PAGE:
TikTok and Instagram have been blowing up with book suggestions and recommendations from Fourth Wing to Rachel Cusk’s masterpieces. While some books have seen a revival from the dead, the newly launched bestsellers are getting a wider stage to market their books and urge bibliophiles to read them out of FOMO! To such an extent, we saw memes of bookstores pinning a ‘Sold Out’ sign in front of their windows to say the trending books are sold out. Moreover, various bookshops have started dedicating shelves and tables especially to feature trending books that are taking the world of social media by storm.
However, I am a person who adores reading (and buying) books out of my sheer love for the hobby. I don’t give two hoots about trending books or sensational titles. So, on my bookshelf, you will find books that are lesser-known yet powerful and not devoid of a message. If you are tired of the bookstagram frenzy and want a break to read something more meaty, then click the buy now button on Amazon and order these delicious reads that will certainly leave you spellbound.
1) The Song of Achilles - Madeline Miller Booktok and Bookstagram
A modern retelling of The Iliad, this book by Madeline Miller charts the story of young Achilles who is destined to be the greatest warrior ever lived, and Patroclus, his companion and brother in arms. After sweet and introverted Patroclus gets banished from his home kingdom, he finds shelter in King Peleus’s kingdom and accompanies Achilles.
Set in the Greek era of wars, debauchery, and power, The Song of Achilles is a charismatic story of two young boys who struggle with their innermost feelings and cannot seem to name the turmoil that keeps them up at night. Until one day they cannot keep their hands off of each other and resolve to be together despite societal hindrances.
The powerful tale of queer love takes us through various incidents in the duo’s life as they run away, fight wars, and even live in a jungle to learn the way of life. Every chapter of the book flows like beautiful poetry and leaves me entranced in a world where I thought I was Patroclus, looking at Achilles masterfully handle a spear and fight off the enemy army single-handedly.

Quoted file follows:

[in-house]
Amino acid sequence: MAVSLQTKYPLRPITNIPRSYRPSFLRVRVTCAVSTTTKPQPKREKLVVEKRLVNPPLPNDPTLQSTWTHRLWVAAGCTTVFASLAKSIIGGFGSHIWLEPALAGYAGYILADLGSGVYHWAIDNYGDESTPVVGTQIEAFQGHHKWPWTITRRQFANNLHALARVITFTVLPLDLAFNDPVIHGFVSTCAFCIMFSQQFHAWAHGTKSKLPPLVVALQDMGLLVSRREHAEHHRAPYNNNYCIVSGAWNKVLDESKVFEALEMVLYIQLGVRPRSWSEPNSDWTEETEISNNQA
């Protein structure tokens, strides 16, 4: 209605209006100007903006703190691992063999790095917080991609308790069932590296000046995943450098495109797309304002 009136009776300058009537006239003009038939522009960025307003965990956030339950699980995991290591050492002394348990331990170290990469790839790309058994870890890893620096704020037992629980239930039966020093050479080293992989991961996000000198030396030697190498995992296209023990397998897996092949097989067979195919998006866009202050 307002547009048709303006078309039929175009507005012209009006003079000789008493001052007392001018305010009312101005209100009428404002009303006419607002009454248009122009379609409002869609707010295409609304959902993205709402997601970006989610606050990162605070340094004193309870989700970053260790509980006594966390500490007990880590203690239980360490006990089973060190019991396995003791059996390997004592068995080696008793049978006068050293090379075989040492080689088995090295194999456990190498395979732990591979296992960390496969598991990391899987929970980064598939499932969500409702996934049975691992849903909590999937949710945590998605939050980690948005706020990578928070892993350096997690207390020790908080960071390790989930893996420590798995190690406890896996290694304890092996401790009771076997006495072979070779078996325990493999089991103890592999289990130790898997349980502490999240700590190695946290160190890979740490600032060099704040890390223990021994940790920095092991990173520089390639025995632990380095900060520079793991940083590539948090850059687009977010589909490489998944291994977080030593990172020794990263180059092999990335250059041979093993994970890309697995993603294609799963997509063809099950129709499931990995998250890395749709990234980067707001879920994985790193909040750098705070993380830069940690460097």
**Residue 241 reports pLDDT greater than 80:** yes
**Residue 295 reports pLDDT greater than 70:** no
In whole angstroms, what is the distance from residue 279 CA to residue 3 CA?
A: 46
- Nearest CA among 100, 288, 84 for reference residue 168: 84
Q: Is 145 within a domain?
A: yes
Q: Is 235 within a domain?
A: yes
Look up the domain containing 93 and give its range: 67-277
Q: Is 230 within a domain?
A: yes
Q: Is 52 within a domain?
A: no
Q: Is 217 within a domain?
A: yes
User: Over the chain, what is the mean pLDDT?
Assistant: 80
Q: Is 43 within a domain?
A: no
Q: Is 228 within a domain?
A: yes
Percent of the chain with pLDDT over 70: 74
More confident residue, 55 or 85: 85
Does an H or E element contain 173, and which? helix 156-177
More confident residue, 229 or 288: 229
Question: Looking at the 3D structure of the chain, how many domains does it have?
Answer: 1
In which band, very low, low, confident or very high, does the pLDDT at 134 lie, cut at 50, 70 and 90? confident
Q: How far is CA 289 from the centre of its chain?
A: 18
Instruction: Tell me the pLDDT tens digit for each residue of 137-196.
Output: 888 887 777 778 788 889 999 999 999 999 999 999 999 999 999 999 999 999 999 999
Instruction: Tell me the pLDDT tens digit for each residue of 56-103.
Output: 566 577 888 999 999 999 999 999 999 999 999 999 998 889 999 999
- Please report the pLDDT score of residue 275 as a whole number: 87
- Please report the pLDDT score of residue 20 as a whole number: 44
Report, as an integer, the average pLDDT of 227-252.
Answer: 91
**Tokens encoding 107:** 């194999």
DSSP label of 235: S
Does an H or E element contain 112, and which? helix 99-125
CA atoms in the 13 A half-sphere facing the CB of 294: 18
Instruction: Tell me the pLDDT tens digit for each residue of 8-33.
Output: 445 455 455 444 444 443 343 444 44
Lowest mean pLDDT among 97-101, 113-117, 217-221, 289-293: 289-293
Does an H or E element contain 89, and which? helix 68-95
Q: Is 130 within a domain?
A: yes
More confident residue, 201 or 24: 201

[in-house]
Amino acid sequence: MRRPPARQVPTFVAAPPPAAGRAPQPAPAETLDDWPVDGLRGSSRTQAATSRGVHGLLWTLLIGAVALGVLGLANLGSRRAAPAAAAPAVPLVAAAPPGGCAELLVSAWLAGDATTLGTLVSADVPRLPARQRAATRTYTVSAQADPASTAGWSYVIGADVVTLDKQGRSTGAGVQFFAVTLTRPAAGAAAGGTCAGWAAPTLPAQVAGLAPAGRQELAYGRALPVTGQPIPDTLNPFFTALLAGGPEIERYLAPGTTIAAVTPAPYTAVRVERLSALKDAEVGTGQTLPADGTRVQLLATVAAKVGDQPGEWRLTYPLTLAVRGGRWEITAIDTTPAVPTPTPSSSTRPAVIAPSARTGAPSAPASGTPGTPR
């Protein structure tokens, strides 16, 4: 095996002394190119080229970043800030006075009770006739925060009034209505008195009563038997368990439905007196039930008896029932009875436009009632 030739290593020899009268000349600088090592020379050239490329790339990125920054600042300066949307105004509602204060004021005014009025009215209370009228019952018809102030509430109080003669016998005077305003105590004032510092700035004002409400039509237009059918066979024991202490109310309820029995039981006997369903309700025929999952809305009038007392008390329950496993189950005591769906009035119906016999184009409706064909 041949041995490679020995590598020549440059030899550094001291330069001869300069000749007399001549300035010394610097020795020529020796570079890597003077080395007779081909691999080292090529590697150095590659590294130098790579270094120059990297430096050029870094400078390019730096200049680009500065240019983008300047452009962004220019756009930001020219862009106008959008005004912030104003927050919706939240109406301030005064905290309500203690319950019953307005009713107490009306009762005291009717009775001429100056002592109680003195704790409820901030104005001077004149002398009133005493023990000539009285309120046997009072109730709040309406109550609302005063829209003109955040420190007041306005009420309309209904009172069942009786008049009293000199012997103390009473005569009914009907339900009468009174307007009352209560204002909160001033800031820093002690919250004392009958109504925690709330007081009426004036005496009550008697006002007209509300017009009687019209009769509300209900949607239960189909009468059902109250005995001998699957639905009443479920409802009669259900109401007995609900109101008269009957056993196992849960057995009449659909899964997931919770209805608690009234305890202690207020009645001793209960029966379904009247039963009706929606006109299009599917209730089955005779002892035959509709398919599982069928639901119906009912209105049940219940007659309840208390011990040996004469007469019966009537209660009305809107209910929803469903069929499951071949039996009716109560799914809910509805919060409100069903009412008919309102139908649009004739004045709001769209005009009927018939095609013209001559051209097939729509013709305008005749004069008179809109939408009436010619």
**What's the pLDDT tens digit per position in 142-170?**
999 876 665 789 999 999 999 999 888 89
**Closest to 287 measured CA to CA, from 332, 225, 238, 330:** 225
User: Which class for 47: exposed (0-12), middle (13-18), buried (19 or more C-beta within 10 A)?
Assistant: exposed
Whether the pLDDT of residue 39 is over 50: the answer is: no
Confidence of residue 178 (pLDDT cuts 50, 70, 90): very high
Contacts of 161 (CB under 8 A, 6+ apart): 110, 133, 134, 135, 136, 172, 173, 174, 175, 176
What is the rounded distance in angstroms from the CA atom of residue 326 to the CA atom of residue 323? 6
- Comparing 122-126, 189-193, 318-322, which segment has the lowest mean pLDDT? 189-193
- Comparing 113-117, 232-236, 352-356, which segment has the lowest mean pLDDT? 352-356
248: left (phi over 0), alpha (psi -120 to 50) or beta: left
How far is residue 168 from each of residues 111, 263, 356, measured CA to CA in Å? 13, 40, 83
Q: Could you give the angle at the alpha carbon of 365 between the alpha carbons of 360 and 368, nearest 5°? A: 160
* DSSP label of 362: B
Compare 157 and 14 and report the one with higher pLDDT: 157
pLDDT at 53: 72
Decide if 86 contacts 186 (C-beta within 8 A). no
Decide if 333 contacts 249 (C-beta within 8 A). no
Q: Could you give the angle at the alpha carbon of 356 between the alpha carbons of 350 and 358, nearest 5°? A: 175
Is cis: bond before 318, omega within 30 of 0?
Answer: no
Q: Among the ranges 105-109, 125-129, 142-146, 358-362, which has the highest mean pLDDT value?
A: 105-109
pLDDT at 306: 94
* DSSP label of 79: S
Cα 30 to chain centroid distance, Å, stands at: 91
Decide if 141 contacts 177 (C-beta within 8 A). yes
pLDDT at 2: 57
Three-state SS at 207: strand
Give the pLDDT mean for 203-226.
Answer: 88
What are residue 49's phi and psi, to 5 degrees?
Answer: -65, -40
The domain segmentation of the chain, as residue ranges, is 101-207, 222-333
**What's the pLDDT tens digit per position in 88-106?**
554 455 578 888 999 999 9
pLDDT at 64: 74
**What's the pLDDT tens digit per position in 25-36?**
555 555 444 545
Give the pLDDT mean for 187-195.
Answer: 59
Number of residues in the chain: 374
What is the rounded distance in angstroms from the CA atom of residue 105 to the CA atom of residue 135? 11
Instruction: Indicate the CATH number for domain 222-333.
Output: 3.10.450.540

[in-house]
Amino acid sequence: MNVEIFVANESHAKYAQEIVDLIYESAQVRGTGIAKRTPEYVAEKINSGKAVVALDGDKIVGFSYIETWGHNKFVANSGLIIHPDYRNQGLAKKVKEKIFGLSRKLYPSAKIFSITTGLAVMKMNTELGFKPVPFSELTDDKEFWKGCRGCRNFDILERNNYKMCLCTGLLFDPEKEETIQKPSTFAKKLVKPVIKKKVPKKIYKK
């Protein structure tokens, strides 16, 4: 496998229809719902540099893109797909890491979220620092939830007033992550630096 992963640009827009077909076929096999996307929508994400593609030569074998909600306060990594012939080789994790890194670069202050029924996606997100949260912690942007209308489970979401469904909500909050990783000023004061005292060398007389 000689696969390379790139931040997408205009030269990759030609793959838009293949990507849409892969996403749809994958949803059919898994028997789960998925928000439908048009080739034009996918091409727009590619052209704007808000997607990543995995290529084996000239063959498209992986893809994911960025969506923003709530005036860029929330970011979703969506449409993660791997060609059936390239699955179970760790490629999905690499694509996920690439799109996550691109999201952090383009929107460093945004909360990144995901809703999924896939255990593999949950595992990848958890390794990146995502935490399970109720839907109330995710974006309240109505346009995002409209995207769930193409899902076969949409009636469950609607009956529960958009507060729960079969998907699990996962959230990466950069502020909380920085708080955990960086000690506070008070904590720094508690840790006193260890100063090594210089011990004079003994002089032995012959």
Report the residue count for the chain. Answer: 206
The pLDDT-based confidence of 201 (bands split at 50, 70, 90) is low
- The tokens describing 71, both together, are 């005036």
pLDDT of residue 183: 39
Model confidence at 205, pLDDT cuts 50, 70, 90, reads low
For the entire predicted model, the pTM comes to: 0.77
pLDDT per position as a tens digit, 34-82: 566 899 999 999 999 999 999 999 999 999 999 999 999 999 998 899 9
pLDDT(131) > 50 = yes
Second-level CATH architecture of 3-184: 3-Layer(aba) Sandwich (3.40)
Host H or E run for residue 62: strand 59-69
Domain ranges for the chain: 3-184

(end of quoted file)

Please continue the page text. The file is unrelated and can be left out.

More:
I have seen the book Circe by Miller getting much attention on Booktok and Bookstagram. But I feel her popularity should be credited to The Song of Achilles which carved her path as a strong and relatable writer.
2) Eleanor & Park - Rainbow Rowell
One of the sweetest love stories I have ever read, Eleanor & Park tugged at my heartstrings and redefined my perspective on teen love. Eleanor and Park are two outcasts who live on the edge of the high school popularity circle. They have no real friends nor do they feel like they fit in the world around them. Their mutual discomfort leads them to befriend each other and revel in their company.
Rainbow Rowell has a way of capturing the tiniest of emotions that seem benign, but end up making us feel a world of love and pain. She is an exceptional writer with the emotional intelligence to take readers on an emotional rollercoaster.
This book made me laugh, smile with joy, cry and even bawl with pain as I felt everything Eleanor and Park underwent in their respective stories. The chapters switch between the perspectives of the titular characters and hence paint a comprehensive picture of the incidents that happen and how differently both characters interpret them.
Some very crucial themes like bullying, self-harm, and loneliness are depicted in the story. It’s not just another teen drama where the characters date for a while and then break up or cheat on each other. Eleanor and Park’s story runs deeper than that and has more power to it.
3) The Forty Rules of Love - Elif Shafak
Try not to resist the changes that come your way. Instead, let life live through you. And do not worry that your life is turning upside down. How do you know the side you are used to is better than the one to come?